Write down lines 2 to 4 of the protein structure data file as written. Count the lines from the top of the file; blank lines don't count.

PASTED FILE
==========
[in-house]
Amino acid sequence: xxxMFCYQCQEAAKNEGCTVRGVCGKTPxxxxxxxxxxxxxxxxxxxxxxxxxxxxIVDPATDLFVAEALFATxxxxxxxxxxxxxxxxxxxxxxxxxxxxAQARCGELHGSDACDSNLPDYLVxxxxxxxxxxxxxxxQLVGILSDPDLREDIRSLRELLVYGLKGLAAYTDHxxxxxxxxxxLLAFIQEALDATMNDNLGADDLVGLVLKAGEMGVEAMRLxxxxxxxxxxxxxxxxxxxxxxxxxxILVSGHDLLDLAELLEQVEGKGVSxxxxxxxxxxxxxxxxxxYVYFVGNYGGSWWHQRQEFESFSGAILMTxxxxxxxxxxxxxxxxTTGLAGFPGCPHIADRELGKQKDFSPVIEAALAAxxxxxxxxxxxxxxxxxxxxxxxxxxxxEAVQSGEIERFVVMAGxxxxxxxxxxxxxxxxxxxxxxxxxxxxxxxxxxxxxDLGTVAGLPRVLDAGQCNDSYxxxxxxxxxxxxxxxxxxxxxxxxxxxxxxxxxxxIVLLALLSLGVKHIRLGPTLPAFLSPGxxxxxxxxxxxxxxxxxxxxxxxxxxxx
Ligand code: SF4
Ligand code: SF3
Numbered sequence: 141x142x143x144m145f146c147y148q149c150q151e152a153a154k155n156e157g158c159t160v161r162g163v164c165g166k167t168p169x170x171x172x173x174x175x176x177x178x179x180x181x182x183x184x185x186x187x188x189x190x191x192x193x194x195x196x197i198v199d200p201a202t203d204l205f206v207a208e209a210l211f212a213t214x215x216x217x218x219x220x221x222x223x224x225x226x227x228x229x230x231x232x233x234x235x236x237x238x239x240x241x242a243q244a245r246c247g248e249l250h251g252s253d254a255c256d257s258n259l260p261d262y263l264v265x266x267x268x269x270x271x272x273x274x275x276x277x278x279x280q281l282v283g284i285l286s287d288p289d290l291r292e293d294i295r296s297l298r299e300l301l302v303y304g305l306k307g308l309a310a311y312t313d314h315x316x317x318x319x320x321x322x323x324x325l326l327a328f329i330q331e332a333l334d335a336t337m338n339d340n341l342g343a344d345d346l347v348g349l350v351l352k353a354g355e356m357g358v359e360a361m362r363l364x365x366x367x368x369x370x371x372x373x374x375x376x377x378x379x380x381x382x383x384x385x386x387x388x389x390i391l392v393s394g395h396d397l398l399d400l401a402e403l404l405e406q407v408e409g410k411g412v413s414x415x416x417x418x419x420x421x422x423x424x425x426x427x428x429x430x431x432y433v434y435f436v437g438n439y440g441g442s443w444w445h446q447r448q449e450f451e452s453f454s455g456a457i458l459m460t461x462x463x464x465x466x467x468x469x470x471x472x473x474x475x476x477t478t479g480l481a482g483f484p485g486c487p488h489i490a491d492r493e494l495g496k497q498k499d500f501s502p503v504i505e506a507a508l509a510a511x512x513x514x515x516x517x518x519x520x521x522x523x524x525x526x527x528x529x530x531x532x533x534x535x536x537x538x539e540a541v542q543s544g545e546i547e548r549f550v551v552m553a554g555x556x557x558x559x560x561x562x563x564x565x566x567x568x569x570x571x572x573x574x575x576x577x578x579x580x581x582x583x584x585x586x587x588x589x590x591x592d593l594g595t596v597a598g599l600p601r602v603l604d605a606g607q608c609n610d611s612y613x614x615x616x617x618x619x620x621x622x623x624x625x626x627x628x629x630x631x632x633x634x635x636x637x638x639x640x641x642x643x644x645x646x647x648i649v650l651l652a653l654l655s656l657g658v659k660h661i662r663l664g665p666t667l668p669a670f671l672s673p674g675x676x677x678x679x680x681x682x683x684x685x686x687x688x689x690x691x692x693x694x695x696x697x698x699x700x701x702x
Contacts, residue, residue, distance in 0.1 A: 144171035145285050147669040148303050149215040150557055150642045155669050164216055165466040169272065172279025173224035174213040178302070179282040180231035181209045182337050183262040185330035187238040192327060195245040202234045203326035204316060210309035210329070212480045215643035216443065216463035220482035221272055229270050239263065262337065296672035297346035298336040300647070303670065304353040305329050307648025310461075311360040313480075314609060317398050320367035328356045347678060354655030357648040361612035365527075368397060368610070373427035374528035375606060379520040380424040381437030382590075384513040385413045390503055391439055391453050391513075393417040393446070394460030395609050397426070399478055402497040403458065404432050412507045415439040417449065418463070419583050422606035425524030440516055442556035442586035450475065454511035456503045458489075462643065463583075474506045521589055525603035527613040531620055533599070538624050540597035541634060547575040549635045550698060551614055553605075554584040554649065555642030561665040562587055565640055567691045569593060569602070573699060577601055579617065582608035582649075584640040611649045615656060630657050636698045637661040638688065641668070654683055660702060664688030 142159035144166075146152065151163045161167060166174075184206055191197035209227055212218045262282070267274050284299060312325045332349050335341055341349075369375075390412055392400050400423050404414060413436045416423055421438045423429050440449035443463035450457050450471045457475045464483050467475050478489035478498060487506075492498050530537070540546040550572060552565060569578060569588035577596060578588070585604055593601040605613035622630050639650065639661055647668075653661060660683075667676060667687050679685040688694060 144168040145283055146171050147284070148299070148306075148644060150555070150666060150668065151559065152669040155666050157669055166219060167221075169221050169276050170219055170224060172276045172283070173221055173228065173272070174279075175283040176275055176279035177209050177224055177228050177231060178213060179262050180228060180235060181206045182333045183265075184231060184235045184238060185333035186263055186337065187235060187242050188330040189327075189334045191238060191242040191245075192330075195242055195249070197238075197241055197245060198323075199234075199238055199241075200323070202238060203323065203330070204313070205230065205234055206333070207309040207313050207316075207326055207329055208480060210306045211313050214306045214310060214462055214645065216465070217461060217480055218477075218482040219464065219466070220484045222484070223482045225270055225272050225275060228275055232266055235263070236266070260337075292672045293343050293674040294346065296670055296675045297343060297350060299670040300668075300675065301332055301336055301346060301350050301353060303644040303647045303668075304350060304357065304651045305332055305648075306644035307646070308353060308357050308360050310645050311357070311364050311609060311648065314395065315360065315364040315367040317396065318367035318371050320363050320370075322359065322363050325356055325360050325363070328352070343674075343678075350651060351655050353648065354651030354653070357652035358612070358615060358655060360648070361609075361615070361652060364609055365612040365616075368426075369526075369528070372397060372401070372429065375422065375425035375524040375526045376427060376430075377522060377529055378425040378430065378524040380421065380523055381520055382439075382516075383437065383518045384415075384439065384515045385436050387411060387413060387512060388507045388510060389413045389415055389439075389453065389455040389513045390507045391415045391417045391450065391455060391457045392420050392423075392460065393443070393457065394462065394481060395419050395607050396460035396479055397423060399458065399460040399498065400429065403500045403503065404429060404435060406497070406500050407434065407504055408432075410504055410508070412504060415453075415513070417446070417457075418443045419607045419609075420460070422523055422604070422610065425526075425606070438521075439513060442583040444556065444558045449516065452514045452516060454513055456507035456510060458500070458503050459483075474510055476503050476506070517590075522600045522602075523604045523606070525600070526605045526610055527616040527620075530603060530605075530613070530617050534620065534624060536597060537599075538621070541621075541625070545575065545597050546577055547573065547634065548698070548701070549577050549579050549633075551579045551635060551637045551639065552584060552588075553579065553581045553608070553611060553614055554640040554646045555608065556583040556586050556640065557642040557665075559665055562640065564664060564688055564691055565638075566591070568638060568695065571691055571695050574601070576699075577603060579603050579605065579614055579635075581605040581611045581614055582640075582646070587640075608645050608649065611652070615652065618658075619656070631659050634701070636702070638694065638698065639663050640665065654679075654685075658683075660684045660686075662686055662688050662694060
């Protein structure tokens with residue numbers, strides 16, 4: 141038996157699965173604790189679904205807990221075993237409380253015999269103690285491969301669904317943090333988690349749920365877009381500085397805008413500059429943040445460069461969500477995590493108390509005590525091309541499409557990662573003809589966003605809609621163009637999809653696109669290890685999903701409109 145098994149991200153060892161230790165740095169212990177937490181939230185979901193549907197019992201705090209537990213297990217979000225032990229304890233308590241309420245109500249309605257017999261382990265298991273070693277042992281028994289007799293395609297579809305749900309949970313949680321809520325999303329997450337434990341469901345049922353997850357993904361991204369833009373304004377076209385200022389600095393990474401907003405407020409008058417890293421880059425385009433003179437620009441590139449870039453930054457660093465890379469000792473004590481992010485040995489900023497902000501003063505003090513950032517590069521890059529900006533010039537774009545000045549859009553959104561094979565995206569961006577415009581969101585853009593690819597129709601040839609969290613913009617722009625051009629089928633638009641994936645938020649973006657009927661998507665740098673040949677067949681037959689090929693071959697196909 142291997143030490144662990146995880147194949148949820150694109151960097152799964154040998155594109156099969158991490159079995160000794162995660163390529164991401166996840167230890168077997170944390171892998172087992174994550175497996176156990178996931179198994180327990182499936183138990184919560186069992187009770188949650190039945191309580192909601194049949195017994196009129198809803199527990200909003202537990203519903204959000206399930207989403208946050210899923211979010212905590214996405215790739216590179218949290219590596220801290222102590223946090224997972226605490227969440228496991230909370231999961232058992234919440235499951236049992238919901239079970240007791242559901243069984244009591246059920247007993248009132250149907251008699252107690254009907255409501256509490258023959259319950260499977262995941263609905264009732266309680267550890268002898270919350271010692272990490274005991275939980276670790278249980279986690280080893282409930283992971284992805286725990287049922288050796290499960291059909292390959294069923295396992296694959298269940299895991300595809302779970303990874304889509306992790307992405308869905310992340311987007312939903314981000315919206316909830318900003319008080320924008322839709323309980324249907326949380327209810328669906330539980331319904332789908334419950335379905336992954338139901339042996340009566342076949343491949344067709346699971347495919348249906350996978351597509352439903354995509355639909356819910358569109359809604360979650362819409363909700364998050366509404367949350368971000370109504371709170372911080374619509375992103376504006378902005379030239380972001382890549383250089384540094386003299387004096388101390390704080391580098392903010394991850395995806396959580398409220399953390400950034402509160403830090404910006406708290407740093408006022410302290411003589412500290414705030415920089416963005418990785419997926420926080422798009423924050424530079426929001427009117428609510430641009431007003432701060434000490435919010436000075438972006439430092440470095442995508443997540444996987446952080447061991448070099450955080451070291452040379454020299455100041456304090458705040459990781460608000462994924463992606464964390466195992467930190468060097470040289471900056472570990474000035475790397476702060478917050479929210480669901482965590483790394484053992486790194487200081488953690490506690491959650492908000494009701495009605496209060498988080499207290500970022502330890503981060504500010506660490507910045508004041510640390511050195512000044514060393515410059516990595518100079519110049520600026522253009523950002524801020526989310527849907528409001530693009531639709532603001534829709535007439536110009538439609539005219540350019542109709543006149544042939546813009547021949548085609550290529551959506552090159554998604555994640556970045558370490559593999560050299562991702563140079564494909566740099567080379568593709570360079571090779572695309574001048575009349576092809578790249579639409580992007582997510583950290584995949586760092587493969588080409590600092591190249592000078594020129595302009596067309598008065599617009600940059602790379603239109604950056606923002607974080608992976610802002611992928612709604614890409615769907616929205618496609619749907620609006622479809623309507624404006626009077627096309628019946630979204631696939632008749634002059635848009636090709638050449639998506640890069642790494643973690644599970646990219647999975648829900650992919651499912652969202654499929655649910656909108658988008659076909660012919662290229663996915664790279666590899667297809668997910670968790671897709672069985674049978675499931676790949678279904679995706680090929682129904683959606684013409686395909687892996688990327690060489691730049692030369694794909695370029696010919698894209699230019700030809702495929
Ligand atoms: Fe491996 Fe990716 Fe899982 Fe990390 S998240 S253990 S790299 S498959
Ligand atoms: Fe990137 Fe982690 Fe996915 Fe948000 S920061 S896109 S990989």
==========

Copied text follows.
Amino acid sequence: xxxMFCYQCQEAAKNEGCTVRGVCGKTPxxxxxxxxxxxxxxxxxxxxxxxxxxxxIVDPATDLFVAEALFATxxxxxxxxxxxxxxxxxxxxxxxxxxxxAQARCGELHGSDACDSNLPDYLVxxxxxxxxxxxxxxxQLVGILSDPDLREDIRSLRELLVYGLKGLAAYTDHxxxxxxxxxxLLAFIQEALDATMNDNLGADDLVGLVLKAGEMGVEAMRLxxxxxxxxxxxxxxxxxxxxxxxxxxILVSGHDLLDLAELLEQVEGKGVSxxxxxxxxxxxxxxxxxxYVYFVGNYGGSWWHQRQEFESFSGAILMTxxxxxxxxxxxxxxxxTTGLAGFPGCPHIADRELGKQKDFSPVIEAALAAxxxxxxxxxxxxxxxxxxxxxxxxxxxxEAVQSGEIERFVVMAGxxxxxxxxxxxxxxxxxxxxxxxxxxxxxxxxxxxxxDLGTVAGLPRVLDAGQCNDSYxxxxxxxxxxxxxxxxxxxxxxxxxxxxxxxxxxxIVLLALLSLGVKHIRLGPTLPAFLSPGxxxxxxxxxxxxxxxxxxxxxxxxxxxx
Ligand code: SF4
Ligand code: SF3